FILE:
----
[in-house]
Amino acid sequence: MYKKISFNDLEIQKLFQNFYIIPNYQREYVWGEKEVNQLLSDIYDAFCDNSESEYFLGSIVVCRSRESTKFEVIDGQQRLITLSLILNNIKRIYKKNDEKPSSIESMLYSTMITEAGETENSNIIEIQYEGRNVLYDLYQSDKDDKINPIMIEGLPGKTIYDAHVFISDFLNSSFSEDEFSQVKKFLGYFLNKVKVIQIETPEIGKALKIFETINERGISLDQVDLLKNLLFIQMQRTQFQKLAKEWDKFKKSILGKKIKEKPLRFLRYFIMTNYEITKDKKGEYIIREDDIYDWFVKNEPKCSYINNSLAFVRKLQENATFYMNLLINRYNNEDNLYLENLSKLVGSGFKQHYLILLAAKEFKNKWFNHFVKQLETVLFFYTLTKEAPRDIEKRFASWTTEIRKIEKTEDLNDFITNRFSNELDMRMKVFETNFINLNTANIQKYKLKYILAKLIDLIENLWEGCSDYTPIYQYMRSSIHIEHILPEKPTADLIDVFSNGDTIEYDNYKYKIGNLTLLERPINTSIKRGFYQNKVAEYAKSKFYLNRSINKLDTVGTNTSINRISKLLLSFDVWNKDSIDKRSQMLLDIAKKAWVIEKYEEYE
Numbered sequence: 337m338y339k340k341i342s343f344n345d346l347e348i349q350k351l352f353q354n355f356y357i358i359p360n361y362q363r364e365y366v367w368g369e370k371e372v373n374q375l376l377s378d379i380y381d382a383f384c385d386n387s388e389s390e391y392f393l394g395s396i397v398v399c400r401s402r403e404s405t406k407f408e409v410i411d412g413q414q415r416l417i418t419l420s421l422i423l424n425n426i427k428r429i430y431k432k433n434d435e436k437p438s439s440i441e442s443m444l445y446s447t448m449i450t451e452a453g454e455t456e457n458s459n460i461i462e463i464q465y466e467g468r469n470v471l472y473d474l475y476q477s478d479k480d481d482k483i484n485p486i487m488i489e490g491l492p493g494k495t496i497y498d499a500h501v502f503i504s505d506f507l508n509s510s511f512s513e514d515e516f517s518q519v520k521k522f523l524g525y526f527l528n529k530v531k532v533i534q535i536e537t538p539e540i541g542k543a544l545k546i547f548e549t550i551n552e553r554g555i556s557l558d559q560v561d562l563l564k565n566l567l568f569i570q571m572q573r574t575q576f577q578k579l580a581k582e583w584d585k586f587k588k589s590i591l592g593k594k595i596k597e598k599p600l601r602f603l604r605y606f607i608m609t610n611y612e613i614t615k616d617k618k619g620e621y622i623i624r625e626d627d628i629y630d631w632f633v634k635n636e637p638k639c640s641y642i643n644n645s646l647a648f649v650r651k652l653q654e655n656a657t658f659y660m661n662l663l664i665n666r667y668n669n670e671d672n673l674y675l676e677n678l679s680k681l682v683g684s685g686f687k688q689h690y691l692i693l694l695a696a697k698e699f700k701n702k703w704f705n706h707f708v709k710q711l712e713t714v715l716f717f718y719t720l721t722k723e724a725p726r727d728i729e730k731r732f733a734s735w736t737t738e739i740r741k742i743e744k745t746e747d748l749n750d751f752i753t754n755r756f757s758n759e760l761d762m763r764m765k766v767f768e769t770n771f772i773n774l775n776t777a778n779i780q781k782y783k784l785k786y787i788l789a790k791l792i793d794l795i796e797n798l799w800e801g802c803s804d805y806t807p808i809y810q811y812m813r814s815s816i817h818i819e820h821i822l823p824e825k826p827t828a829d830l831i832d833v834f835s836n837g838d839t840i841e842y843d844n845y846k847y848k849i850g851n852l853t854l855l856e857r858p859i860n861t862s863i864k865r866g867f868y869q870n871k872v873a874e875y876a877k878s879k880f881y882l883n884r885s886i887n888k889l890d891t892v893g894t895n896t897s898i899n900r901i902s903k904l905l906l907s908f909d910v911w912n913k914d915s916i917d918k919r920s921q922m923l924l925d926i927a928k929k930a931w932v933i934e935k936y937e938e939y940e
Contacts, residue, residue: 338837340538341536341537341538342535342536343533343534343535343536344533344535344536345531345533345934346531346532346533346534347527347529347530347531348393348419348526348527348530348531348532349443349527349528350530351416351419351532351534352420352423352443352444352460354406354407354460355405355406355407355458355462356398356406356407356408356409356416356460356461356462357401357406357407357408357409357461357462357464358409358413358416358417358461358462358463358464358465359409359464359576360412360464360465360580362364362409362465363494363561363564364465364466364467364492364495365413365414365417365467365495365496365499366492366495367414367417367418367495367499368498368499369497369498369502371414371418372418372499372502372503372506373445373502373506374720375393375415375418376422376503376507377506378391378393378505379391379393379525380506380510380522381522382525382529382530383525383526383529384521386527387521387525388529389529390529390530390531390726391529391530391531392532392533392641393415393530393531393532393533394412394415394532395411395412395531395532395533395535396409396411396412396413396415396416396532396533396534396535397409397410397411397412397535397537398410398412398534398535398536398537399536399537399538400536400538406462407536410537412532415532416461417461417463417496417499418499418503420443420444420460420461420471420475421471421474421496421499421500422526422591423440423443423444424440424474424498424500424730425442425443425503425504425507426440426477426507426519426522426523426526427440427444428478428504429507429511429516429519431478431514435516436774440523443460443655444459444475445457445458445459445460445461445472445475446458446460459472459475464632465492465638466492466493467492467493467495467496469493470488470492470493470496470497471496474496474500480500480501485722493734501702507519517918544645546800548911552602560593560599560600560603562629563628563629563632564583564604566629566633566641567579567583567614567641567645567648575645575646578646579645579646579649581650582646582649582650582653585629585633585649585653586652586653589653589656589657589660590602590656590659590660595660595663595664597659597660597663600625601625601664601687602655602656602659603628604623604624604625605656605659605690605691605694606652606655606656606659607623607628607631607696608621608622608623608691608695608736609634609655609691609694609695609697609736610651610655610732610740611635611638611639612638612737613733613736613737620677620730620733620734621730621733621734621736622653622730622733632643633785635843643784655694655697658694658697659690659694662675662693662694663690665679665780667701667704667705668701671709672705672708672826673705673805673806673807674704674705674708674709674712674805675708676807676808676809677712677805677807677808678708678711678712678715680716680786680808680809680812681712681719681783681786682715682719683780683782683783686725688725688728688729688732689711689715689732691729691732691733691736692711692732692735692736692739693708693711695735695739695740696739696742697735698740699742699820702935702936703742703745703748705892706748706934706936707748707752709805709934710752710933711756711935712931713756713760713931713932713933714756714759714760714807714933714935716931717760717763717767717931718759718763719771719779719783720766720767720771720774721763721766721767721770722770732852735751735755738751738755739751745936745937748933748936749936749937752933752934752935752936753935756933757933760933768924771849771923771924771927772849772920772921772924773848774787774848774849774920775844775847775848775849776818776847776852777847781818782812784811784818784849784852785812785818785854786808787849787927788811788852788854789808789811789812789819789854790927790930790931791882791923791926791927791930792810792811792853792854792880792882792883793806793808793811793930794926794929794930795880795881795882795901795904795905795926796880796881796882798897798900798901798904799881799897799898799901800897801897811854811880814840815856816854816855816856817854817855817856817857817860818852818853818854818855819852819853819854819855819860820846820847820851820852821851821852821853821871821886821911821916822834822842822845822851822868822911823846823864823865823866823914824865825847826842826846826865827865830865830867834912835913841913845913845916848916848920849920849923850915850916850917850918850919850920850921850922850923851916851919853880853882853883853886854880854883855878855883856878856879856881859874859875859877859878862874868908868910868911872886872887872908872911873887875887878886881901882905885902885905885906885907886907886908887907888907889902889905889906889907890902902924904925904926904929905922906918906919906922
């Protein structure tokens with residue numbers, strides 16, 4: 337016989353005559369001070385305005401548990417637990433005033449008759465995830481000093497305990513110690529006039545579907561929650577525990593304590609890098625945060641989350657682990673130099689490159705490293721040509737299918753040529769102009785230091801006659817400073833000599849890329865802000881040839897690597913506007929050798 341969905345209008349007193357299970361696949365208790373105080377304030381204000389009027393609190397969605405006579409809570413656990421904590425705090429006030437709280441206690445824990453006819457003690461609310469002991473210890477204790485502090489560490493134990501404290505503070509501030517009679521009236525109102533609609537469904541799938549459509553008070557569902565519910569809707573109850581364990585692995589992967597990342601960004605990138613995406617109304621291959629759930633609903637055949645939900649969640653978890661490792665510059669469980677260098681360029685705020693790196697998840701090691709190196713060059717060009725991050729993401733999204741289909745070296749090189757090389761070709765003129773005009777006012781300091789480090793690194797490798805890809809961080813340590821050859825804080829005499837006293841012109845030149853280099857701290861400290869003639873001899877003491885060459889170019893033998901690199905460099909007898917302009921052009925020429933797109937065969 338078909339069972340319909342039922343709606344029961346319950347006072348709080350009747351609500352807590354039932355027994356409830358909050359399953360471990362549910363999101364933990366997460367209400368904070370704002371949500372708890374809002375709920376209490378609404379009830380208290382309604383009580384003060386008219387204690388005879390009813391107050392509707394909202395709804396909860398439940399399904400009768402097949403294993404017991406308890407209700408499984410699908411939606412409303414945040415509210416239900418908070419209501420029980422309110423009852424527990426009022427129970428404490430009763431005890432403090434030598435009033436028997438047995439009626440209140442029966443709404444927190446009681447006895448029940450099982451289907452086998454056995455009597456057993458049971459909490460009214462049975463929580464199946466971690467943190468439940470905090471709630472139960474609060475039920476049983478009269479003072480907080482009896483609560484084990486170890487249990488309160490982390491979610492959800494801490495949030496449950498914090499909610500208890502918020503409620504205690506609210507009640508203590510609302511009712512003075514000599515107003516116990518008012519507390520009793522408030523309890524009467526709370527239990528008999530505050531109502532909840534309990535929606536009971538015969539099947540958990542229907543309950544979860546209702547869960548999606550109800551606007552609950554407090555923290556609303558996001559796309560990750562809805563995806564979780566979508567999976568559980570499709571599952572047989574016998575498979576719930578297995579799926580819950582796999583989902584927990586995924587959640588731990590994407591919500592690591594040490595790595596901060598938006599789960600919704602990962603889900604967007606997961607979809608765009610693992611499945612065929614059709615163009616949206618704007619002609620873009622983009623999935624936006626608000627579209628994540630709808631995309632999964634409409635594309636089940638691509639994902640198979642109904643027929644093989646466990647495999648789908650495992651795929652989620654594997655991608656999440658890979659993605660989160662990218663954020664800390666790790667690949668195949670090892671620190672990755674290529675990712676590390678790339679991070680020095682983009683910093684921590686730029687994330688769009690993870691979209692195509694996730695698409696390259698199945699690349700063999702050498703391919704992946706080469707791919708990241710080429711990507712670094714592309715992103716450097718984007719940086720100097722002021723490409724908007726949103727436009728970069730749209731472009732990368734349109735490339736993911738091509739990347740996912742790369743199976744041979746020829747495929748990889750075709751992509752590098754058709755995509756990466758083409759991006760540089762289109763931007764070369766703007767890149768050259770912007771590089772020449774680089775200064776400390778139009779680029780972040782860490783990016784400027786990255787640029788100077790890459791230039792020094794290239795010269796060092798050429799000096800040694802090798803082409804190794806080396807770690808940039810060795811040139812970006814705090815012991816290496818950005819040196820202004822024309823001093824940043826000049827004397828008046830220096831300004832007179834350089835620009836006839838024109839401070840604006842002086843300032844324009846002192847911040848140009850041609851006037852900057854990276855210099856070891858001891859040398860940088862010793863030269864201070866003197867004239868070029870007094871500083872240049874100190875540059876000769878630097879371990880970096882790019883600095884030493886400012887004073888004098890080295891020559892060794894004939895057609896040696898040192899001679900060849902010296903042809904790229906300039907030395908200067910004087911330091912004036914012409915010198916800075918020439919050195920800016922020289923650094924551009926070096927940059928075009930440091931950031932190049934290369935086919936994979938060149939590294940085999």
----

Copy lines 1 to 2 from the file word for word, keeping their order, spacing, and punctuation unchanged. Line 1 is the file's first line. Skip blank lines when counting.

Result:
[in-house]
Amino acid sequence: MYKKISFNDLEIQKLFQNFYIIPNYQREYVWGEKEVNQLLSDIYDAFCDNSESEYFLGSIVVCRSRESTKFEVIDGQQRLITLSLILNNIKRIYKKNDEKPSSIESMLYSTMITEAGETENSNIIEIQYEGRNVLYDLYQSDKDDKINPIMIEGLPGKTIYDAHVFISDFLNSSFSEDEFSQVKKFLGYFLNKVKVIQIETPEIGKALKIFETINERGISLDQVDLLKNLLFIQMQRTQFQKLAKEWDKFKKSILGKKIKEKPLRFLRYFIMTNYEITKDKKGEYIIREDDIYDWFVKNEPKCSYINNSLAFVRKLQENATFYMNLLINRYNNEDNLYLENLSKLVGSGFKQHYLILLAAKEFKNKWFNHFVKQLETVLFFYTLTKEAPRDIEKRFASWTTEIRKIEKTEDLNDFITNRFSNELDMRMKVFETNFINLNTANIQKYKLKYILAKLIDLIENLWEGCSDYTPIYQYMRSSIHIEHILPEKPTADLIDVFSNGDTIEYDNYKYKIGNLTLLERPINTSIKRGFYQNKVAEYAKSKFYLNRSINKLDTVGTNTSINRISKLLLSFDVWNKDSIDKRSQMLLDIAKKAWVIEKYEEYE